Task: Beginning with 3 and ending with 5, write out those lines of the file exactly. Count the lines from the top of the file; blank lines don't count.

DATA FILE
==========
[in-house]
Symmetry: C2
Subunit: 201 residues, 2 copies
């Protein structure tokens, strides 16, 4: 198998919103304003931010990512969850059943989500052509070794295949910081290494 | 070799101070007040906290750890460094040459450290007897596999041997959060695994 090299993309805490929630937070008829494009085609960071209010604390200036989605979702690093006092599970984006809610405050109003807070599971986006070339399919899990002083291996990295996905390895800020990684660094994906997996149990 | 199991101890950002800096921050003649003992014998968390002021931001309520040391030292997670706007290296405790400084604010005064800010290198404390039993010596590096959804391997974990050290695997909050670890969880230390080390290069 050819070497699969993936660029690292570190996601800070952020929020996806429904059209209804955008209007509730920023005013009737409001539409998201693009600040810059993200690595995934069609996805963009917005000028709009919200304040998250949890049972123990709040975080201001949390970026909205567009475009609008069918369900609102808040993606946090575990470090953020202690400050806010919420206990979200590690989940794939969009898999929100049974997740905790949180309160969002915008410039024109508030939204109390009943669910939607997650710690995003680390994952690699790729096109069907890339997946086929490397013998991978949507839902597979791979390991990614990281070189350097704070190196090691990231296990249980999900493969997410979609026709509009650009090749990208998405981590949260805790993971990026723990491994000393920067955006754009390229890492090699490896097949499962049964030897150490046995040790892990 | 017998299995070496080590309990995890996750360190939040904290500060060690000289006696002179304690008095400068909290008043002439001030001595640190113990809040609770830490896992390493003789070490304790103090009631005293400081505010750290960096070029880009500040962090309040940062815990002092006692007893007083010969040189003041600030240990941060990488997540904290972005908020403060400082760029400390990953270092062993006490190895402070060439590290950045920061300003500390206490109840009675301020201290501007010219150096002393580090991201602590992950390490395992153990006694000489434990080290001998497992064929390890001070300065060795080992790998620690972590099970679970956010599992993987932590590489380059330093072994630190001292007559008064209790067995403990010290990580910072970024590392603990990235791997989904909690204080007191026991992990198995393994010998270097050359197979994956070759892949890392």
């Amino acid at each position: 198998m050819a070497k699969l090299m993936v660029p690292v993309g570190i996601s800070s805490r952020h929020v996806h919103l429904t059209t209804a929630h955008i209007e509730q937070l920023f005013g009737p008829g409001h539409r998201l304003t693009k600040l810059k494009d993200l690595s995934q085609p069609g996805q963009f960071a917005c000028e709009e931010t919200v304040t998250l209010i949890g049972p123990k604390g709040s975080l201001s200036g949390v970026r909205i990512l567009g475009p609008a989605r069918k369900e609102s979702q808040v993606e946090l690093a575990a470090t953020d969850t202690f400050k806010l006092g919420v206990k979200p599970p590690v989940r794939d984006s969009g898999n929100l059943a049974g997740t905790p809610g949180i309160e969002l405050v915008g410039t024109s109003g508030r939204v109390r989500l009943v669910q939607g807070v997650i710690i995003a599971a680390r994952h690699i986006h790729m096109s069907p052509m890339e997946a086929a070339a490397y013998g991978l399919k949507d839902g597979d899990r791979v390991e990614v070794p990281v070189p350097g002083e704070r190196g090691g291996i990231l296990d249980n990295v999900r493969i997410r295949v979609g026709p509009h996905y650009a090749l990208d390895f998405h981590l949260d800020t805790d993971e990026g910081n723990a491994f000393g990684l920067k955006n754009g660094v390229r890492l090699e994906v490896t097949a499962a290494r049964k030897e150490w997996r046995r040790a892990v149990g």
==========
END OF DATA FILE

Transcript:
Subunit: 201 residues, 2 copies
């Protein structure tokens, strides 16, 4: 198998919103304003931010990512969850059943989500052509070794295949910081290494 | 070799101070007040906290750890460094040459450290007897596999041997959060695994 090299993309805490929630937070008829494009085609960071209010604390200036989605979702690093006092599970984006809610405050109003807070599971986006070339399919899990002083291996990295996905390895800020990684660094994906997996149990 | 199991101890950002800096921050003649003992014998968390002021931001309520040391030292997670706007290296405790400084604010005064800010290198404390039993010596590096959804391997974990050290695997909050670890969880230390080390290069 050819070497699969993936660029690292570190996601800070952020929020996806429904059209209804955008209007509730920023005013009737409001539409998201693009600040810059993200690595995934069609996805963009917005000028709009919200304040998250949890049972123990709040975080201001949390970026909205567009475009609008069918369900609102808040993606946090575990470090953020202690400050806010919420206990979200590690989940794939969009898999929100049974997740905790949180309160969002915008410039024109508030939204109390009943669910939607997650710690995003680390994952690699790729096109069907890339997946086929490397013998991978949507839902597979791979390991990614990281070189350097704070190196090691990231296990249980999900493969997410979609026709509009650009090749990208998405981590949260805790993971990026723990491994000393920067955006754009390229890492090699490896097949499962049964030897150490046995040790892990 | 017998299995070496080590309990995890996750360190939040904290500060060690000289006696002179304690008095400068909290008043002439001030001595640190113990809040609770830490896992390493003789070490304790103090009631005293400081505010750290960096070029880009500040962090309040940062815990002092006692007893007083010969040189003041600030240990941060990488997540904290972005908020403060400082760029400390990953270092062993006490190895402070060439590290950045920061300003500390206490109840009675301020201290501007010219150096002393580090991201602590992950390490395992153990006694000489434990080290001998497992064929390890001070300065060795080992790998620690972590099970679970956010599992993987932590590489380059330093072994630190001292007559008064209790067995403990010290990580910072970024590392603990990235791997989904909690204080007191026991992990198995393994010998270097050359197979994956070759892949890392």
């Amino acid at each position: 198998m050819a070497k699969l090299m993936v660029p690292v993309g570190i996601s800070s805490r952020h929020v996806h919103l429904t059209t209804a929630h955008i209007e509730q937070l920023f005013g009737p008829g409001h539409r998201l304003t693009k600040l810059k494009d993200l690595s995934q085609p069609g996805q963009f960071a917005c000028e709009e931010t919200v304040t998250l209010i949890g049972p123990k604390g709040s975080l201001s200036g949390v970026r909205i990512l567009g475009p609008a989605r069918k369900e609102s979702q808040v993606e946090l690093a575990a470090t953020d969850t202690f400050k806010l006092g919420v206990k979200p599970p590690v989940r794939d984006s969009g898999n929100l059943a049974g997740t905790p809610g949180i309160e969002l405050v915008g410039t024109s109003g508030r939204v109390r989500l009943v669910q939607g807070v997650i710690i995003a599971a680390r994952h690699i986006h790729m096109s069907p052509m890339e997946a086929a070339a490397y013998g991978l399919k949507d839902g597979d899990r791979v390991e990614v070794p990281v070189p350097g002083e704070r190196g090691g291996i990231l296990d249980n990295v999900r493969i997410r295949v979609g026709p509009h996905y650009a090749l990208d390895f998405h981590l949260d800020t805790d993971e990026g910081n723990a491994f000393g990684l920067k955006n754009g660094v390229r890492l090699e994906v490896t097949a499962a290494r049964k030897e150490w997996r046995r040790a892990v149990g």